Someday This Pain Will Be Useful to You

April 11, 2008 at 8:54 am 1 comment

Loved this book. I think what particularly rang true for me were the scenes with the therapist and the way that James received the “message” of the book–begrudgingly.

It sucks to realize your parents are right about something. And not just parents–adults in general. It’s even worse to be wrong when someone you care about is involved. James really hits the trifecta: he badly hurts someone he respects–maybe even loves–without realizing it, gets rejected in the process, and has to admit he was wrong to pick up the pieces.

While I had a little trouble relating to James at first (as I do with all fictional teens living in New York City, a place that terrifies and overwhelms me), I slowly found a bit of myself in him. My disdain for my peers never really reached his, but I can certainly remember feeling a little adrift in a sea of teenagers. And he was certainly a lot snarkier about it, but I can remember sitting across from a therapist I thought was sort of an idiot and wanting him to just get to the point already.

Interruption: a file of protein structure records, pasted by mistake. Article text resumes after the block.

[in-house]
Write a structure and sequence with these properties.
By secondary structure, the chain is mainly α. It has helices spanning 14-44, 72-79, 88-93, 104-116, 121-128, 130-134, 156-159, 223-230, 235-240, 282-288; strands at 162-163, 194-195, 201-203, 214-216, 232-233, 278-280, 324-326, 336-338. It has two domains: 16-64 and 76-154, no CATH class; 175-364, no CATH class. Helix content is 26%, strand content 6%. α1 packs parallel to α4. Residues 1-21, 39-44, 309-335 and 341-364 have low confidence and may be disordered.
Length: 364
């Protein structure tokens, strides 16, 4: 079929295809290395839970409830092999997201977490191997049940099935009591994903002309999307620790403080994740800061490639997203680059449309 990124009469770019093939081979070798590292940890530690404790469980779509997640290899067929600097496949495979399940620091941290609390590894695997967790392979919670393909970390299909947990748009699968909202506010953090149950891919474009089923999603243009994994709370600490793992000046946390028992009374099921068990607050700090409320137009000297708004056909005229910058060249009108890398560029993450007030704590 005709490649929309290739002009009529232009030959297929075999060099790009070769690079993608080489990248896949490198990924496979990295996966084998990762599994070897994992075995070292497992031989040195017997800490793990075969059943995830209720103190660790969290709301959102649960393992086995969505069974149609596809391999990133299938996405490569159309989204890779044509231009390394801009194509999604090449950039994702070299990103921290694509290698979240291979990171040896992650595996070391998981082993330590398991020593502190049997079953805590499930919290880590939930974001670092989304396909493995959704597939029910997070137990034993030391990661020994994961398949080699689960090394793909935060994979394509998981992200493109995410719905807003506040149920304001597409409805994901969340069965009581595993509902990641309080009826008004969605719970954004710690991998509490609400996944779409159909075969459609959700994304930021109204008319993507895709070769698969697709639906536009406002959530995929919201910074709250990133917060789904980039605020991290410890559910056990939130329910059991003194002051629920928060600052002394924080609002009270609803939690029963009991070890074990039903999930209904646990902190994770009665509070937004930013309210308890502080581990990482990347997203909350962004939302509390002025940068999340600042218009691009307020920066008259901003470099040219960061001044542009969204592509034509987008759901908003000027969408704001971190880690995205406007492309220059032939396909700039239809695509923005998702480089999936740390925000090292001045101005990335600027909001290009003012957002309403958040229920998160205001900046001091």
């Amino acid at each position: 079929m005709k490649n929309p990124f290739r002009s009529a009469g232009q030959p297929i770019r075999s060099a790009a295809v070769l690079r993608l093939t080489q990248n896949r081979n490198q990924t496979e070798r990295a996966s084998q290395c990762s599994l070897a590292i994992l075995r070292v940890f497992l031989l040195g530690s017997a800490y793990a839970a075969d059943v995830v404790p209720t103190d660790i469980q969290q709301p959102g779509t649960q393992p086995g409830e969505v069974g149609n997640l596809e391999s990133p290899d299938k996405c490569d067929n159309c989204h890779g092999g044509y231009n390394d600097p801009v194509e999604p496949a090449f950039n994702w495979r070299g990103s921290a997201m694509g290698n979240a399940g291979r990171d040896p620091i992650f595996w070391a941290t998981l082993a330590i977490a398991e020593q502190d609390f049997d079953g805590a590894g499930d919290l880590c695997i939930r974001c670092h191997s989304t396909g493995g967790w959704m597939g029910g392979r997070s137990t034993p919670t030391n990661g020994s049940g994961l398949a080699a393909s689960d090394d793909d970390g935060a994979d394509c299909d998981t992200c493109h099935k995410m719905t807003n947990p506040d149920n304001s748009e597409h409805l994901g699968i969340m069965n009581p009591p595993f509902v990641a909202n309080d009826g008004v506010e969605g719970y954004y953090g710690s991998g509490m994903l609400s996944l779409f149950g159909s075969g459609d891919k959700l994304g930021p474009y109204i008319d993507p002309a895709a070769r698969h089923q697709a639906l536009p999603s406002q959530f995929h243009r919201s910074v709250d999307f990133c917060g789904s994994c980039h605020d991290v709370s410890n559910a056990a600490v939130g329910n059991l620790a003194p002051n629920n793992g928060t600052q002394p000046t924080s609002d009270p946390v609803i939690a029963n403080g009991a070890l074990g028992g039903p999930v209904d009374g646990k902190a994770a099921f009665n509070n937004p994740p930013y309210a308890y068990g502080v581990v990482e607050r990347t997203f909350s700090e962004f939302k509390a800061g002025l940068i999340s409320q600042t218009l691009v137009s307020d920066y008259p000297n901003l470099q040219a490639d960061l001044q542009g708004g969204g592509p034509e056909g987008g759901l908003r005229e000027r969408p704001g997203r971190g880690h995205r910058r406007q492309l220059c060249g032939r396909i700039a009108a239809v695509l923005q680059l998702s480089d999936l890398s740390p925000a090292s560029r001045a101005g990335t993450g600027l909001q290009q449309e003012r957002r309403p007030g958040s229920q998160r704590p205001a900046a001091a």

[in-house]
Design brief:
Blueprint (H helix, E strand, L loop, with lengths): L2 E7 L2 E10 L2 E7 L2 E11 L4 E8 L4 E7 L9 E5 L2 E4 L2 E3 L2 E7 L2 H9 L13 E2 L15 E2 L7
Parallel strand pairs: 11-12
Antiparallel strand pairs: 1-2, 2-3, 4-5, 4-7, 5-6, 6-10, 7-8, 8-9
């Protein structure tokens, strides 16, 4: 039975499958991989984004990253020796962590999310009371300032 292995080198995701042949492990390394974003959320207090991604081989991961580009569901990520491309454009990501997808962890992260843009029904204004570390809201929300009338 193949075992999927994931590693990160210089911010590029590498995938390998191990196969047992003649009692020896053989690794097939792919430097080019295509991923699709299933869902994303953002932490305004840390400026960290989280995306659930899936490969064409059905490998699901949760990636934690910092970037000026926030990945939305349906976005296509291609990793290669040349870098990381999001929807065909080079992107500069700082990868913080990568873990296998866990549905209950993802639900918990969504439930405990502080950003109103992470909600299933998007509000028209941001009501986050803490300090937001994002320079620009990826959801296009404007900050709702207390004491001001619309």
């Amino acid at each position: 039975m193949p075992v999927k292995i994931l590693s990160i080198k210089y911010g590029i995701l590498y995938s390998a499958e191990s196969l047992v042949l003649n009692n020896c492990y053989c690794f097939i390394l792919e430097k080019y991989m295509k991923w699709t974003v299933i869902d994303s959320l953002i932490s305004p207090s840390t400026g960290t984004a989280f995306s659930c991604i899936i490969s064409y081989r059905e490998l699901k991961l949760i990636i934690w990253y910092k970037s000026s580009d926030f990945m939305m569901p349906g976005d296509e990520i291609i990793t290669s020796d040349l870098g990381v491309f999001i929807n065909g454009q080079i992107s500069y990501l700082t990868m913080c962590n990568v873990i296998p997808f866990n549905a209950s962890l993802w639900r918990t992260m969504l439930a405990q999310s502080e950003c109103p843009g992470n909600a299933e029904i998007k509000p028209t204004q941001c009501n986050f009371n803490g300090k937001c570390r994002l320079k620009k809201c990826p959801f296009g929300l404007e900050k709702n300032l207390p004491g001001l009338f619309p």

To me, this book would have been a perfect fit with the Social Competencies week, although I suppose it would be equally fitting for Or A Lack Thereof. It’s all about finding your place in the world and realizing that your own actions have an impact, sometimes a much bigger one than imagined, on those who impact us.

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1 Comment Add your own

  • 1. Linda  |  April 13, 2008 at 9:55 am

    Interestingly, there are several adults who have read this book and said, “James is just like my husband/boyfriend.” In other words James rings true, at least to adults. The question we’ll talk about in class is if he rings true to teens.

    On the topic of parents, right or wrong, James parents made me a bit crazy and I can see how they made him crazy. But, they did have their adult knowledge that actually was accurate. Oh well.

    Reply

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